Barcelona is booming. A little too booming for many of its inhabitants and city officials who have taken measures to clamp down on a surge of tourism that is overwhelming its streets and public services.
All these tourists end up drunk; they piss in the doorways of buildings and in the staircases. Residents trip over drunken people lying on the stairs. It's all about pissing in the streets, vomiting at bus stops
The Catalonia capital has long been a top destination in Europe, but its popularity exploded a few years ago with the advent of internet tourism platforms such as Airbnb. It has resulted in a huge increase in cheap accommodation, with private properties being transformed into tourist apartments, many illegal and unregulated. In some parts of the city they now vastly outnumber hotel rooms.
Booze and bad behaviour
It’s estimated that some 7.5 million visitors will stay at least one night in the city this year – over four times the population of Barcelona. Making matters worse, young revellers are flocking to the Spanish resort in ever-increasing numbers and their drunkenness and bad behaviour is horrifying local residents of the popular neighbourhoods where they stay.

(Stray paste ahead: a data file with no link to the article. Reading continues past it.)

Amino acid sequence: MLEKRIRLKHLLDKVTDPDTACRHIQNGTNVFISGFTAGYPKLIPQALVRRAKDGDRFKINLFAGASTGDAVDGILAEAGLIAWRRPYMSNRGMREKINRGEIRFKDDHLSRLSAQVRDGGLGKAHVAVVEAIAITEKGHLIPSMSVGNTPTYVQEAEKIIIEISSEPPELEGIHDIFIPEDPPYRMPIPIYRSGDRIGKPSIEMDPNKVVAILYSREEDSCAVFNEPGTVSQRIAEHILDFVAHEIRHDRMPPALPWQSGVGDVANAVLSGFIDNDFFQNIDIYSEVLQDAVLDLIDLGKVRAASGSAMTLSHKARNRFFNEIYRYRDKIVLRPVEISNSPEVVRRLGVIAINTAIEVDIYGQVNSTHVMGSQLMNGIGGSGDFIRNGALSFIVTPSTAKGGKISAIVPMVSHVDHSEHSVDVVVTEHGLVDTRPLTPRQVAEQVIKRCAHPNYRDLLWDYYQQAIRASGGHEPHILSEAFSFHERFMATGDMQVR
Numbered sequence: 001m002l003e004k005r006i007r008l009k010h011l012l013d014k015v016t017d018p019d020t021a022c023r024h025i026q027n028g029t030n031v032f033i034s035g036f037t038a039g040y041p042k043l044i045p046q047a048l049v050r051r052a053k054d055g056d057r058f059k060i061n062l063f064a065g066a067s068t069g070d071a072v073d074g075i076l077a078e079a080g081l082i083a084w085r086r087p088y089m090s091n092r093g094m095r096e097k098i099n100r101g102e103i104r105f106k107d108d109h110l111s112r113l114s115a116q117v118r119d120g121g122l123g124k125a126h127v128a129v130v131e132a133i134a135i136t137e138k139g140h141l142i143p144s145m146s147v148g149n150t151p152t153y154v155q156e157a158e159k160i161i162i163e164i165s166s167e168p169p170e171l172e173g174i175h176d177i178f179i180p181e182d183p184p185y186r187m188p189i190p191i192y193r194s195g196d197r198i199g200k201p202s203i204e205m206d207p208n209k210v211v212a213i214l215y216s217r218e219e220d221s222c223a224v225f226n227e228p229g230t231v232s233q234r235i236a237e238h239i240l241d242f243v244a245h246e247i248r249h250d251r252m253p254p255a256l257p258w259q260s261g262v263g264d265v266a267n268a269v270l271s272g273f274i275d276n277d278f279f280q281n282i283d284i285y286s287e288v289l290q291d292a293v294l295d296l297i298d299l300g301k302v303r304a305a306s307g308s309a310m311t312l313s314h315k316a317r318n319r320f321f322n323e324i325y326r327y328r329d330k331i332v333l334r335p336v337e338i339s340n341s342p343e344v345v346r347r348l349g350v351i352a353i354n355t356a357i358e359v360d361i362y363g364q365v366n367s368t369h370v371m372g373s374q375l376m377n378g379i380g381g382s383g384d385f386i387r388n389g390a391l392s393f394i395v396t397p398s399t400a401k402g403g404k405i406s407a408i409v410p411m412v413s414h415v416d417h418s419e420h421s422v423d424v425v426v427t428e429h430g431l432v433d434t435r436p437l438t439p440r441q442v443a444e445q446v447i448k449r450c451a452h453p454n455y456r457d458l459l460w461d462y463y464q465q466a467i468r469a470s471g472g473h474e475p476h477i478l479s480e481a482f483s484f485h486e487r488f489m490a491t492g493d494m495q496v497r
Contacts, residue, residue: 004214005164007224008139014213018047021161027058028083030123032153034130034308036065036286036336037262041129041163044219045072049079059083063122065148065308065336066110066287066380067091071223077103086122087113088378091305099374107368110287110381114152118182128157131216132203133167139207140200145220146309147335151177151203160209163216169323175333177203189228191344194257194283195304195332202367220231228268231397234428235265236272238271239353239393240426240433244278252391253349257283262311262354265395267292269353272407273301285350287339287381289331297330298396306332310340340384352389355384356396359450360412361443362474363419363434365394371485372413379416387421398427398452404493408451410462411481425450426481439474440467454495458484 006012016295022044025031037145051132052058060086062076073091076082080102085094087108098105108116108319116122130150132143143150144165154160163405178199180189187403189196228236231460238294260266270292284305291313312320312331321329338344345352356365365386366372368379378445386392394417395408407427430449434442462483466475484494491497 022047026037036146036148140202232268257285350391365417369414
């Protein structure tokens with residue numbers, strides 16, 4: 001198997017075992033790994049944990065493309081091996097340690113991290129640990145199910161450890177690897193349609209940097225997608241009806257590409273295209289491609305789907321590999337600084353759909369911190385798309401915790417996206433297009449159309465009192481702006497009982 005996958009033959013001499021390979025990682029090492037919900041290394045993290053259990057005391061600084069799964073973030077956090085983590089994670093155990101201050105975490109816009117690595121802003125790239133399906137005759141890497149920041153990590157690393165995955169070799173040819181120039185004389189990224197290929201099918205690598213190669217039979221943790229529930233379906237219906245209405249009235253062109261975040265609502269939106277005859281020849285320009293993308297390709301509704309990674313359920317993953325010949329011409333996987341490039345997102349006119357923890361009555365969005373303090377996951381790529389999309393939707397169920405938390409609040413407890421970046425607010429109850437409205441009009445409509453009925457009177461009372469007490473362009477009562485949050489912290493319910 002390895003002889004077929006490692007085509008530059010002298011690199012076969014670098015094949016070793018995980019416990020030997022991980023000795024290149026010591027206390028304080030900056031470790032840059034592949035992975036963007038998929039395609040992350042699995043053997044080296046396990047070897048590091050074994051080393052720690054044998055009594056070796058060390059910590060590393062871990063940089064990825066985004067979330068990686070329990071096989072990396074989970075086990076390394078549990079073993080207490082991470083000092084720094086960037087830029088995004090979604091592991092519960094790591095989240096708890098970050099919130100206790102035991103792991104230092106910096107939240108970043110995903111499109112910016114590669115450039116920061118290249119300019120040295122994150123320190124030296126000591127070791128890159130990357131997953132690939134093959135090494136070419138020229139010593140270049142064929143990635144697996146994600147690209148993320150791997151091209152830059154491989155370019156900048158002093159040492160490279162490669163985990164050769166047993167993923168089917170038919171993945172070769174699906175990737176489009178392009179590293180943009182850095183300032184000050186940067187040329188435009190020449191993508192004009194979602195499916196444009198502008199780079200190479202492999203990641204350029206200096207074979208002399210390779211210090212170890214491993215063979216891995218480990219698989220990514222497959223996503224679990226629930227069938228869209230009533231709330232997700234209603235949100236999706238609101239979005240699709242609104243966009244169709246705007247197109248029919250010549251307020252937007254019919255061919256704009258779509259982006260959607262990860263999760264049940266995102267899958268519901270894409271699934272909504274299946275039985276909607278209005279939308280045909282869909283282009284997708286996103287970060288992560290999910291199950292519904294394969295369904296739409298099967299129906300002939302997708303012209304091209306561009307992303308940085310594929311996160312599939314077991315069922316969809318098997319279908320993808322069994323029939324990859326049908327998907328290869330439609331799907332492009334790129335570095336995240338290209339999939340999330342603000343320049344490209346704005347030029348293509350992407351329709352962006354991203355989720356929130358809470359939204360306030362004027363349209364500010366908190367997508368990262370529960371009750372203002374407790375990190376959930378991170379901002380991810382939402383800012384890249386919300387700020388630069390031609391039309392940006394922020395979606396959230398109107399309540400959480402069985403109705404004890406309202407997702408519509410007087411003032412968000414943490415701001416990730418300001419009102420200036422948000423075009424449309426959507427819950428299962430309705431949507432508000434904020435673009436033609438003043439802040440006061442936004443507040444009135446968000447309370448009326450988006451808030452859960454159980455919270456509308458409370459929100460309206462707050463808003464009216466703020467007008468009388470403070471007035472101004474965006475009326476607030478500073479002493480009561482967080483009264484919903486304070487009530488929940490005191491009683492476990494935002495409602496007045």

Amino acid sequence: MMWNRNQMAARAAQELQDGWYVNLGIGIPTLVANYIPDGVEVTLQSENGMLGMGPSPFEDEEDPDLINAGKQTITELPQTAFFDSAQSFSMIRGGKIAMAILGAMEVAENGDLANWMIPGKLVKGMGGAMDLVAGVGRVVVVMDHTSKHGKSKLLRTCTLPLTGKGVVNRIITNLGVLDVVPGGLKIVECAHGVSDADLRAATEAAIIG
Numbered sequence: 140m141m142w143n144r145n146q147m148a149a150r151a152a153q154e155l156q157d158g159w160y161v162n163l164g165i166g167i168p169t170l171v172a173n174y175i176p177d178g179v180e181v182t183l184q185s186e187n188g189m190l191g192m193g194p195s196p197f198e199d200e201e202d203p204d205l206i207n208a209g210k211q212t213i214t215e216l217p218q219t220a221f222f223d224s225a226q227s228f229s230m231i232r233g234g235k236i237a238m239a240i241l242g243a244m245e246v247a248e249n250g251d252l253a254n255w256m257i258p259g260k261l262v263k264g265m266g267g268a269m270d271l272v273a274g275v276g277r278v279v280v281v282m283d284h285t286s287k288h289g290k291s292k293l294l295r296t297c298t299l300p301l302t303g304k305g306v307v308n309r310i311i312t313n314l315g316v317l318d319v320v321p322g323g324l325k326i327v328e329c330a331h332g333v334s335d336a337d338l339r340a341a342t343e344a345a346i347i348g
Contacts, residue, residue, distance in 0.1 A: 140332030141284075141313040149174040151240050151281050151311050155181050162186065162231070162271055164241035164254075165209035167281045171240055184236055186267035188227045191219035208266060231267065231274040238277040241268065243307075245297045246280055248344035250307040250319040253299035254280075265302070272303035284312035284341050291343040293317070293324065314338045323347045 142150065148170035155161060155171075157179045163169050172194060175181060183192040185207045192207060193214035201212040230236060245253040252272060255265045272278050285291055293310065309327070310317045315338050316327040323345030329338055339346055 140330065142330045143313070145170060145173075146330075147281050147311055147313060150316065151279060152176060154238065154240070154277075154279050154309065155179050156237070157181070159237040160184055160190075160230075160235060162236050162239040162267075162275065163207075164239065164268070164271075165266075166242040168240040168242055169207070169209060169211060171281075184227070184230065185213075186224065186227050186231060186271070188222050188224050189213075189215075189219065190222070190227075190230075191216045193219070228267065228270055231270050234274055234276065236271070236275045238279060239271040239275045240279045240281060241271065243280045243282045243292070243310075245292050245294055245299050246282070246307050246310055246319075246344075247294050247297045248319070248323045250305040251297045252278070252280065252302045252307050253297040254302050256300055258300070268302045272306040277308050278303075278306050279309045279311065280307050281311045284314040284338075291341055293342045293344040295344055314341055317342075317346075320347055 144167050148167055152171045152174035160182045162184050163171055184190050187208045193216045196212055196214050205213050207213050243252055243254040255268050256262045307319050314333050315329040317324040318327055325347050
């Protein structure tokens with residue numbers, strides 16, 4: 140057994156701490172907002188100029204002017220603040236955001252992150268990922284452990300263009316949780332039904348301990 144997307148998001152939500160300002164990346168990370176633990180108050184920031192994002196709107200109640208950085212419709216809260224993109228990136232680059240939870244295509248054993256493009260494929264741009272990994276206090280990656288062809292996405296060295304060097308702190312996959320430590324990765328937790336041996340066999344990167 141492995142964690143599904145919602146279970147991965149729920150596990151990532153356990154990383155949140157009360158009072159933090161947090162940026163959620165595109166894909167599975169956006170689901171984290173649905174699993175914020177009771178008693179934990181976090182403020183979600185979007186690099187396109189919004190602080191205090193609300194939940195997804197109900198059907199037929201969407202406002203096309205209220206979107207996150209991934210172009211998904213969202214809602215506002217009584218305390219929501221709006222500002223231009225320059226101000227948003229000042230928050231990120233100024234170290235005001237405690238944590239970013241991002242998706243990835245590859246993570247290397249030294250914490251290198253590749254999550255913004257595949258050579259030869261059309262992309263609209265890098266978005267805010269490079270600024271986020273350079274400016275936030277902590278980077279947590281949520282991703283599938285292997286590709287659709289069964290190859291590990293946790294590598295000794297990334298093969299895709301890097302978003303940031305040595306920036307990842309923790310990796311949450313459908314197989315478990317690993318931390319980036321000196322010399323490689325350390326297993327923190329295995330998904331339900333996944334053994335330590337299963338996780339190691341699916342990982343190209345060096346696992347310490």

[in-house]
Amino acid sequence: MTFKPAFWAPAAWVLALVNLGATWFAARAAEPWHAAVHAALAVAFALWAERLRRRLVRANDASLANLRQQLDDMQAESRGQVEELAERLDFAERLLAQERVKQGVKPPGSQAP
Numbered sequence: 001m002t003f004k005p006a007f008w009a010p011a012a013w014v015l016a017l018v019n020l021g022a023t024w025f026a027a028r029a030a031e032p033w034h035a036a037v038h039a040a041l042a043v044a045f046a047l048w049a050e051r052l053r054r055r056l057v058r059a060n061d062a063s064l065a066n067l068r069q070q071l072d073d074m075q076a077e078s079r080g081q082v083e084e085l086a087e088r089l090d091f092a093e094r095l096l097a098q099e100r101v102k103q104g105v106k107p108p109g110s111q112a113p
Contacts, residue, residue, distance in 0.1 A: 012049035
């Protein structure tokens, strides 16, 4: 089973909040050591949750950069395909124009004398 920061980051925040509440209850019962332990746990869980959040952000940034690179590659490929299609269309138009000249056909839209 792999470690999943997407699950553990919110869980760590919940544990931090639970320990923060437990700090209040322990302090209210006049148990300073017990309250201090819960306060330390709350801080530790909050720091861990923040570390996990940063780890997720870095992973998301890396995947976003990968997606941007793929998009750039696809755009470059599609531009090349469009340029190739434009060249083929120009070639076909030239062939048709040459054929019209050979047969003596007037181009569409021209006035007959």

While tourism is vital to the local economy many in the city are saying enough is enough. In this edition of Reporter Hans von der Brelie meets Barcelona citizens with contrasting perspectives on this complex and divisive problem.
Click on the video to see his report.
Barcelona-based private detective Josep Maria Oliver tracks down illegal tourist flats. Oliver explains all about the shady schemes and structures behind the illicit renting business. To see the full interview (in Catalan) you can use this link.
In the former fisherman’s district of La Barceloneta, euronews met Manel Martinez, from a neighbourhood association protesting against illegal tourist flats, rising rents and daily problems with drunken tourist hordes in Barcelona. Here is the link to the full interview (in Spanish).
In Barcelona, euronews met Elizebeth Casañas, President of PPVT (Plataforma Pro Viviendas Turísticas), an association of private tourism rental owners. She speaks out against what she sees as a witch hunt: legal private owners should not be used as scapegoats for political mistakes.